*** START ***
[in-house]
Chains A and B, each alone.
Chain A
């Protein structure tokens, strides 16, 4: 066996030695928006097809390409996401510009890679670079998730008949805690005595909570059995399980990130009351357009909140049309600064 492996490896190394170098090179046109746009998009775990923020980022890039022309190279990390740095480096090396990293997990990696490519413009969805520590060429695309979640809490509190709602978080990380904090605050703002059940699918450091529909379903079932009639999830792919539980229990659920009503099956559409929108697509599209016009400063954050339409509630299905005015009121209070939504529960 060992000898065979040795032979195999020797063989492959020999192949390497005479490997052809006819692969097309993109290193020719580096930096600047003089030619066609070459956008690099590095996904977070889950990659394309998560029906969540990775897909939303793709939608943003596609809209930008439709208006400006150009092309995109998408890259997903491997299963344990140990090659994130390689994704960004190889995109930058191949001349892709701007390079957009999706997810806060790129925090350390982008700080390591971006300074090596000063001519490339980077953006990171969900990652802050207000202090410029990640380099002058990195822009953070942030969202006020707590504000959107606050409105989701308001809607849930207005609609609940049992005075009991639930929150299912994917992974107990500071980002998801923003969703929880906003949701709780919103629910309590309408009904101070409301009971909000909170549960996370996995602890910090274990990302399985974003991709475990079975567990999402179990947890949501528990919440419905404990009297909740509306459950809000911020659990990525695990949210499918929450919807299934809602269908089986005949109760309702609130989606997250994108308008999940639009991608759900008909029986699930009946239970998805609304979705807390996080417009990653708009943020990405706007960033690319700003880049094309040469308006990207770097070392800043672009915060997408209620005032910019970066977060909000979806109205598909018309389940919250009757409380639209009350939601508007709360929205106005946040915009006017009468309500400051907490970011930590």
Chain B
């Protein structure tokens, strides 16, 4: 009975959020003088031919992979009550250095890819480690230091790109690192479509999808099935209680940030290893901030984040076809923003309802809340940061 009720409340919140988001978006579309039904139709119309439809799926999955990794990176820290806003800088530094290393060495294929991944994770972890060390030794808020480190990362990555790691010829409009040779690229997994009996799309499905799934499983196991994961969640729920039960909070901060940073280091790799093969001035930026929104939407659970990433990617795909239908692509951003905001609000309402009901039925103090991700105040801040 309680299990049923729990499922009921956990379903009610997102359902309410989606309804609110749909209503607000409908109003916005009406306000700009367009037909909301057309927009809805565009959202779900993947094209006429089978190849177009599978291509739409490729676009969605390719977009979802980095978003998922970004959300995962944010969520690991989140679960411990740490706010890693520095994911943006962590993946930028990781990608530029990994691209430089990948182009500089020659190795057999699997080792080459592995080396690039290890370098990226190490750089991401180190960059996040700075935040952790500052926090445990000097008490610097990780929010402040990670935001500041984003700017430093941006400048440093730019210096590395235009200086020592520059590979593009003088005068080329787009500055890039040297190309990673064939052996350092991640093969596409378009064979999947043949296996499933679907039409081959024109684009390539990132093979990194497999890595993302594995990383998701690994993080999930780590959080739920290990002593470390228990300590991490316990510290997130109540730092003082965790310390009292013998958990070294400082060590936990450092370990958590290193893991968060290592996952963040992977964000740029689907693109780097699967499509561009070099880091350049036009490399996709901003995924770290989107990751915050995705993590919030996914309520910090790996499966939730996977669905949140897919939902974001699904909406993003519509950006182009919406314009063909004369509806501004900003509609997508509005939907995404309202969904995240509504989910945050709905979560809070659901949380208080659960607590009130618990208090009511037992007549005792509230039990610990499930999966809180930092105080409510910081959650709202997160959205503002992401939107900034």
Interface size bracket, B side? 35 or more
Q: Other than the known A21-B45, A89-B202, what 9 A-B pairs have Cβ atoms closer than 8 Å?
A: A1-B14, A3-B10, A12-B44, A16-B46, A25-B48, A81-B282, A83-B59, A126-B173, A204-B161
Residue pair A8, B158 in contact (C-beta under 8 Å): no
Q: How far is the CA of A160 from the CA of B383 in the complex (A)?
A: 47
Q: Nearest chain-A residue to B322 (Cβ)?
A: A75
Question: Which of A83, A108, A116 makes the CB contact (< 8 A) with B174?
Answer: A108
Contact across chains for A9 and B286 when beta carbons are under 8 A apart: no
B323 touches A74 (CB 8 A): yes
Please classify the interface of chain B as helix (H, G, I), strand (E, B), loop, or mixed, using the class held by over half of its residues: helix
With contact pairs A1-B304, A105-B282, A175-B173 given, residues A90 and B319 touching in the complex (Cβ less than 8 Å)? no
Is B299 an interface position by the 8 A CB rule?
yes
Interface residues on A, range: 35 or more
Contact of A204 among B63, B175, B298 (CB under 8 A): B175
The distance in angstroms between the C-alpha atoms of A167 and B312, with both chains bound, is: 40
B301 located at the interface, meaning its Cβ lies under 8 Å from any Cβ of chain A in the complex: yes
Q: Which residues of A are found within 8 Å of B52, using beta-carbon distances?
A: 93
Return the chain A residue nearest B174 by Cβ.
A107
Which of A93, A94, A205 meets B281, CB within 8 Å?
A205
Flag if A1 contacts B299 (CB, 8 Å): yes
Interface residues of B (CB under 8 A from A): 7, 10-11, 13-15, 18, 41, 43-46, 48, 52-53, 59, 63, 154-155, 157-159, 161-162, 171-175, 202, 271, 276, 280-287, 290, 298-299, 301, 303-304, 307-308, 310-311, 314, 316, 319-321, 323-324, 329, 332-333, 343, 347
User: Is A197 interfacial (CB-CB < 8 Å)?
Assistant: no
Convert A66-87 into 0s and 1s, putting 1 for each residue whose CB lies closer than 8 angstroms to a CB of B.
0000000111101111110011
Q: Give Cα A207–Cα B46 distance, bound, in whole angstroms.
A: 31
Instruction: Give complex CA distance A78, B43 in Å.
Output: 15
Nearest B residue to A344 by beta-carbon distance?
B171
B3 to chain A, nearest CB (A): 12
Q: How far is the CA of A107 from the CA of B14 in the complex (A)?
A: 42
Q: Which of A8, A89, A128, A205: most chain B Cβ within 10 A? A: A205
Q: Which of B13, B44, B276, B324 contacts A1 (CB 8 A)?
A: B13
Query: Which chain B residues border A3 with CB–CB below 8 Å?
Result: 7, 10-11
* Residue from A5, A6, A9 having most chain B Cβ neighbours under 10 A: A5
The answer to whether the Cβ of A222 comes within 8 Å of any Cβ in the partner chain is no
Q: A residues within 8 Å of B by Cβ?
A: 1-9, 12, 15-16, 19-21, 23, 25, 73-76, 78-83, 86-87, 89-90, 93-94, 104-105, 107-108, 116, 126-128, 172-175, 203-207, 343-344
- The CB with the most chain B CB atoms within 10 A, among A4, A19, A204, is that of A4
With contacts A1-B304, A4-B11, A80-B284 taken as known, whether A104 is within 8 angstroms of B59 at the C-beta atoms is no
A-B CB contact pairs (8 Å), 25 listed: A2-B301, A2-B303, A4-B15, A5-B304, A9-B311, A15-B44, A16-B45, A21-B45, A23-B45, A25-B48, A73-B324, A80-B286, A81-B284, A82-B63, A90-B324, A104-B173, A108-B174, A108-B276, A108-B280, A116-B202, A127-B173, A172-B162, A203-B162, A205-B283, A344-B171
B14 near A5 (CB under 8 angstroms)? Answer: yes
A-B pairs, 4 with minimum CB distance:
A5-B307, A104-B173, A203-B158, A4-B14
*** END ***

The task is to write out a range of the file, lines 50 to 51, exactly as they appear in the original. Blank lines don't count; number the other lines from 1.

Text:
A: B13
Query: Which chain B residues border A3 with CB–CB below 8 Å?